If your cats begin to eliminate outside their cat litter boxes, don't punish them...they aren't doing it out of spite. Find out whether this behavior is due to a medical or a behavioral reason. Some medical disorders that make urination painful...such as feline urinary tract disease (FLUTD) often cause cats to associate the litter boxes with pain, leading to box avoidance.
Cats with disorders that cause an increased volume of urine...such as diabetes in cats or kidney failure...may refuse to use the box because the box becomes too damp for their preferences. You can have your vet check by giving your cat a physical exam and analyzing samples of his blood and urine. If that's not the cause you will have to delve further and do some serious sleuthing.
If your cat has suddenly started soiling after a lifetime of perfect etiquette with the cat litter boxes, the behavior may be due to a traumatic event your cat experienced while in his box or to a recent anxiety-producing change in his environment.
But if your cat has just occasionally made mistakes in the past and is getting progressively worse, your investigation should proceed with a close inspection of the evidence.
Perhaps he's marking his turf (a whole subject by itself) or avoiding his litter box because the litter box has some characteristic that he's developed an aversion to. For instance, was the litter brand recently changed or a scented litter now replacing an unscented one that your cat got accustomed to.
They also have definite preferences about litter texture such as particle size and weight...probably some other features we don't know about...that affect the feel of the litter.
My cats prefer a small particle size and I think large particles may be uncomfortable for their little paws to dig into. But if the material is an appropriate size but either too light or too heavy, your cat still won't find the sensation appealing.
You may notice him shaking his paws when he gets out of the box, or quickly running out when he's finished "his business". The box itself may also cause your cat to want to "go" elsewhere. If you suspect he's developed an aversion to the current box and he's okay with the actual litter, offer him a new litter box and perhaps that will eliminate the unwanted behavior.
It's enough to boggle the mind when you see all the different sizes and shapes of cat litter boxes to choose from...even electronic ones. As you face this selection of boxes, remember, cats don't care about fancy shapes and stylish colors.
What matters to your cat is having a clean, comfortable place to do his "business". Fancy litter boxes are more for your sake than for your cat's. There is a good selection at Amazon.
Most cat litter boxes with modifications are an attempt to spare owners from the task of scooping. Some boxes have nested grid-work trays designed to sift an entire load of litter at once. Other designs sift the litter into a side compartment as the box is rolled upside down.
The most extravagant cat litter boxes are the electronic "self-cleaning" versions. It uses an electric eye to sense when your cat is finished...and 10 minutes later...a motorized rake sifts the waste into a plastic bag. All you need to do is dispose of the bag.
However, while many of these products sound good, they're not quite the labor-saving devices they're meant to be. Sifting trays still require owners to bend down and remove the waste. Also, boxes with built-in sifters are not as easy to keep clean. The edges and crevices are traps for wet litter, urine and bacteria.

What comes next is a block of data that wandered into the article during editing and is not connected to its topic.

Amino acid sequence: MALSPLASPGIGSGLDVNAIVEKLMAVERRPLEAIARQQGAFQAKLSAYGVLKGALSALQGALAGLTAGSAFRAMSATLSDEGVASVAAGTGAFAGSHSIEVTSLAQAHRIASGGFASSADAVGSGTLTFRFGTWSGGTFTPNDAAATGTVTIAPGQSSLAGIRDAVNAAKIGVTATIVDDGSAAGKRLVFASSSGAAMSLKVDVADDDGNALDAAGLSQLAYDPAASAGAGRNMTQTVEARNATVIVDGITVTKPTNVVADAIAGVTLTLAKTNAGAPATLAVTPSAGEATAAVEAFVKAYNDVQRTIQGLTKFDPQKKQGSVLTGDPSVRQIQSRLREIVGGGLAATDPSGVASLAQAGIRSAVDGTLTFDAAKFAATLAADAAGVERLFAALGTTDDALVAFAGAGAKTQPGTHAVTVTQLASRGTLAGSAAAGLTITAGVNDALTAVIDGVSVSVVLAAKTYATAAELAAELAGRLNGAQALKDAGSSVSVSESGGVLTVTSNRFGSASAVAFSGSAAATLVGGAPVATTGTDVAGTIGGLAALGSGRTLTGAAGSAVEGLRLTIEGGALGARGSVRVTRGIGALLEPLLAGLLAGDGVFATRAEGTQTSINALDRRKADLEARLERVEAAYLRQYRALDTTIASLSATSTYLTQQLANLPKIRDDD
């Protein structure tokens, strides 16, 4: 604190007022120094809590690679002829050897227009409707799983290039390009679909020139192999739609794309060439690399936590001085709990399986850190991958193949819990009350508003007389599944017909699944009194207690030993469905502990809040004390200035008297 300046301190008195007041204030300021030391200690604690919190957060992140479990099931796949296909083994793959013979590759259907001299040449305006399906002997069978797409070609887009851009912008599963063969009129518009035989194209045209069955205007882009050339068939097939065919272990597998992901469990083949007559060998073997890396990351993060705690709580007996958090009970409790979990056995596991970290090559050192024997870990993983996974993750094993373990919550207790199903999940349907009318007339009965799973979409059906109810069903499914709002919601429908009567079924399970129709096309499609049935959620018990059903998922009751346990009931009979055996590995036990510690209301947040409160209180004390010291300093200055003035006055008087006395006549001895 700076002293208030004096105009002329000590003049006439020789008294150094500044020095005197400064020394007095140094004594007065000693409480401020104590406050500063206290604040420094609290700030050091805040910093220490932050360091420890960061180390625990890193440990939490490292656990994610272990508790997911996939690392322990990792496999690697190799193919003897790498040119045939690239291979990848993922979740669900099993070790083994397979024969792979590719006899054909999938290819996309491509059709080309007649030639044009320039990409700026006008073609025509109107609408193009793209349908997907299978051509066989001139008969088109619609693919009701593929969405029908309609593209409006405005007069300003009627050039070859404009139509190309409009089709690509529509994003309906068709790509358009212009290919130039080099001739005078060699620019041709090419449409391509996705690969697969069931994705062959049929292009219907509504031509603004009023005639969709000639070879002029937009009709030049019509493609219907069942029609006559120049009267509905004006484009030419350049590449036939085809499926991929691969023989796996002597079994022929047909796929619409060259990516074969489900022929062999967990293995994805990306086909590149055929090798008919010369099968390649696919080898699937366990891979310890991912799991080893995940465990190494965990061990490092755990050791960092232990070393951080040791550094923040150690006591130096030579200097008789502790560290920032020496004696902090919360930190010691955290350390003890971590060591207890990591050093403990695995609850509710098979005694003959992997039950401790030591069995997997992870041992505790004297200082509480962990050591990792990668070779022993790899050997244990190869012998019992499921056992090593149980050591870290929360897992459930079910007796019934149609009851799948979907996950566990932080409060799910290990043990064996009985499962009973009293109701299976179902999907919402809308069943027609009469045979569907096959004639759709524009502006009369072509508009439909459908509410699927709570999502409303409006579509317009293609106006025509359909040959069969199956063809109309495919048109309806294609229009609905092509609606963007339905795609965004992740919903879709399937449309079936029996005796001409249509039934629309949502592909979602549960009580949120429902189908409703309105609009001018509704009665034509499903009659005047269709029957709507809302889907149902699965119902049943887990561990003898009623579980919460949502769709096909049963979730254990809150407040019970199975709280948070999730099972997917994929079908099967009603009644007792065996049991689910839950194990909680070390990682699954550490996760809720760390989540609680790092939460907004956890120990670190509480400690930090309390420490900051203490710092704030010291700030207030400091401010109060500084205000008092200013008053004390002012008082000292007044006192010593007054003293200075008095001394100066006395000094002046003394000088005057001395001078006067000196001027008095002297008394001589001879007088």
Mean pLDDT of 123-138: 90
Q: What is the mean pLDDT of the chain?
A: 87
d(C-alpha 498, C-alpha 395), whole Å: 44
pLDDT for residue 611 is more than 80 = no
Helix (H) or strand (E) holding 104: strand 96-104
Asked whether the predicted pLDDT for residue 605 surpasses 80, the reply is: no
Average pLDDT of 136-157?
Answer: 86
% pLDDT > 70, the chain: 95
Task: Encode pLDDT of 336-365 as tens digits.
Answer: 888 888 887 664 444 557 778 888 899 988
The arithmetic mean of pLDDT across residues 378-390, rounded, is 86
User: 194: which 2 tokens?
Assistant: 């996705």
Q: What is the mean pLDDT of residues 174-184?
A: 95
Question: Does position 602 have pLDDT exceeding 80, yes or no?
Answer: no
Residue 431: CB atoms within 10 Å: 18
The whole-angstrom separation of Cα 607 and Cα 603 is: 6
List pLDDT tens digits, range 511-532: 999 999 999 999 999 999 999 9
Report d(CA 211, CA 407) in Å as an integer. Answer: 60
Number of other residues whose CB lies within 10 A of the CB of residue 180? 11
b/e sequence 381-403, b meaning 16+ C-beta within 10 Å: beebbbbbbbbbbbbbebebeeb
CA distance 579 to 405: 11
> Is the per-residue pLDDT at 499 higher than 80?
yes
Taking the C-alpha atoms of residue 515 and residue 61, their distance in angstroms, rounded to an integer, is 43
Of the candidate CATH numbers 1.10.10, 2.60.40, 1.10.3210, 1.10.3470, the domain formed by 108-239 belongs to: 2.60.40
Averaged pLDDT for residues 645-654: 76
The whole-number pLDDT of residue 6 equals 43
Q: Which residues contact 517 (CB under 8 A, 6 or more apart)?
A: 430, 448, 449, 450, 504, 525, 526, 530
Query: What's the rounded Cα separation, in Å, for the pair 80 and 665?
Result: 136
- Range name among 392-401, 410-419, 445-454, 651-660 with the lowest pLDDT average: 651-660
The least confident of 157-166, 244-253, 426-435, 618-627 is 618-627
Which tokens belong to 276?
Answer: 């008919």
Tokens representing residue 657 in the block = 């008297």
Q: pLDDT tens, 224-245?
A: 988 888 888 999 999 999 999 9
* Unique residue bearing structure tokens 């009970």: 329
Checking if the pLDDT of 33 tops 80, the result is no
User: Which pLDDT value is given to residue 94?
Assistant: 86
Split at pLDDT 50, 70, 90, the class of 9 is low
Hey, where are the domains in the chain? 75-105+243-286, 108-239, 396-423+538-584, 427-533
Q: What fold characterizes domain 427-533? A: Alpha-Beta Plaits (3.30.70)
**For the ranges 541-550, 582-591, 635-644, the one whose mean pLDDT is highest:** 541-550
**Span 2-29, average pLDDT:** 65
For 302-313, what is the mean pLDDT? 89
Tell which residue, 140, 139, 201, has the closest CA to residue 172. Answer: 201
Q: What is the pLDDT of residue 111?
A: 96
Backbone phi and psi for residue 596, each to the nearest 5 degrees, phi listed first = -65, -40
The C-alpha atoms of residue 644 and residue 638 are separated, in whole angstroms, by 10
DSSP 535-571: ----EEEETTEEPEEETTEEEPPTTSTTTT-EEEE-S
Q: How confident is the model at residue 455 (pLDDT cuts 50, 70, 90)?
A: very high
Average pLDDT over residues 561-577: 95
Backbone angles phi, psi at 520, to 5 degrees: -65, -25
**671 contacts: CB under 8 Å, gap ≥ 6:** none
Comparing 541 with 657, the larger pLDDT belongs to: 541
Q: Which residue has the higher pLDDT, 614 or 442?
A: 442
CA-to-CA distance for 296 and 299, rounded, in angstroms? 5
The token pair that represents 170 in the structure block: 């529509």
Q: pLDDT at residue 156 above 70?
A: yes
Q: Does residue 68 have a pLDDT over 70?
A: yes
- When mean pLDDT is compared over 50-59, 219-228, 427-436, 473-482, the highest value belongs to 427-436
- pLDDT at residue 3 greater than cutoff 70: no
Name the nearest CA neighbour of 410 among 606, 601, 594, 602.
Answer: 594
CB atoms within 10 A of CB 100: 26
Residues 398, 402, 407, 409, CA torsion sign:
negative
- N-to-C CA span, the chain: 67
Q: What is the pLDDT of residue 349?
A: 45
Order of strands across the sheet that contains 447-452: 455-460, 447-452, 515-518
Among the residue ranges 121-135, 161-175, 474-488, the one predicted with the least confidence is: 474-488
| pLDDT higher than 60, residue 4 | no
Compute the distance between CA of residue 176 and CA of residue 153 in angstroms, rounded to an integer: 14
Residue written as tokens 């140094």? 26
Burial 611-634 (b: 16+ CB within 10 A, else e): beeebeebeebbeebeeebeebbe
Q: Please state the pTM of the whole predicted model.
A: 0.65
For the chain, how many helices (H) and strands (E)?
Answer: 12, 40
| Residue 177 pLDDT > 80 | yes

The same is true of the electronic litter box, and it has another disadvantage; the motor and raking mechanism take up a lot of room in the box, so the actual litter surface area is rather small. Any cat that uses it must have a pretty good aim.
For a box your cat will gladly use, keep it simple. Pick a rectangular or square design with smooth curved sides, without edges and crevices. Smooth sides not only protect your cat from rough edges, they make cleaning easier.
Also, make sure the box is big enough. Some cats are reluctant to use small boxes and it increases the chances that your cat will "overshoot" the edge. Mainly, it has to be low enough for your cat to step over the edge and big enough for comfort.
For the aged or disabled cat, there is also a low profile litter box shown below.
As for litter box covers, they do shield the owner from the unpleasant smells and sights, but if the box looks and smells unpleasant to us, it's probably unpleasant for the cat as well. Instead of hiding what's in it...just get rid of it.
As long as the box is large enough, your cat may be perfectly content. Many covered cat litter boxes come with replaceable charcoal inserts to eliminate urine smells, but these thin filters can't absorb enough odor to make a difference.
Where odor is concerned, I find the most important thing is to clean the box frequently. Scoop it out at least once per day, and if you aren't using clumping litter, empty the entire box once a week or more often as needed. I find that I scoop the litter boxes 3 or 4 times a day because I have multiple cats. If your cat goes outside his box, and you've tried larger boxes and box locations, check with your vet to make sure it's not a medical problem.
Location is also important for the cat litter boxes. Keep the box away from eating areas. Cats are often reluctant to urinate or defecate in areas where they have their meals. Also, don't put the box in a heavily trafficked area.
Your cat may find it hard to relax, especially if there are other cats in the household that might stage an ambush. Finally, make sure the box is in a room where you will see it and remember to clean it regularly.
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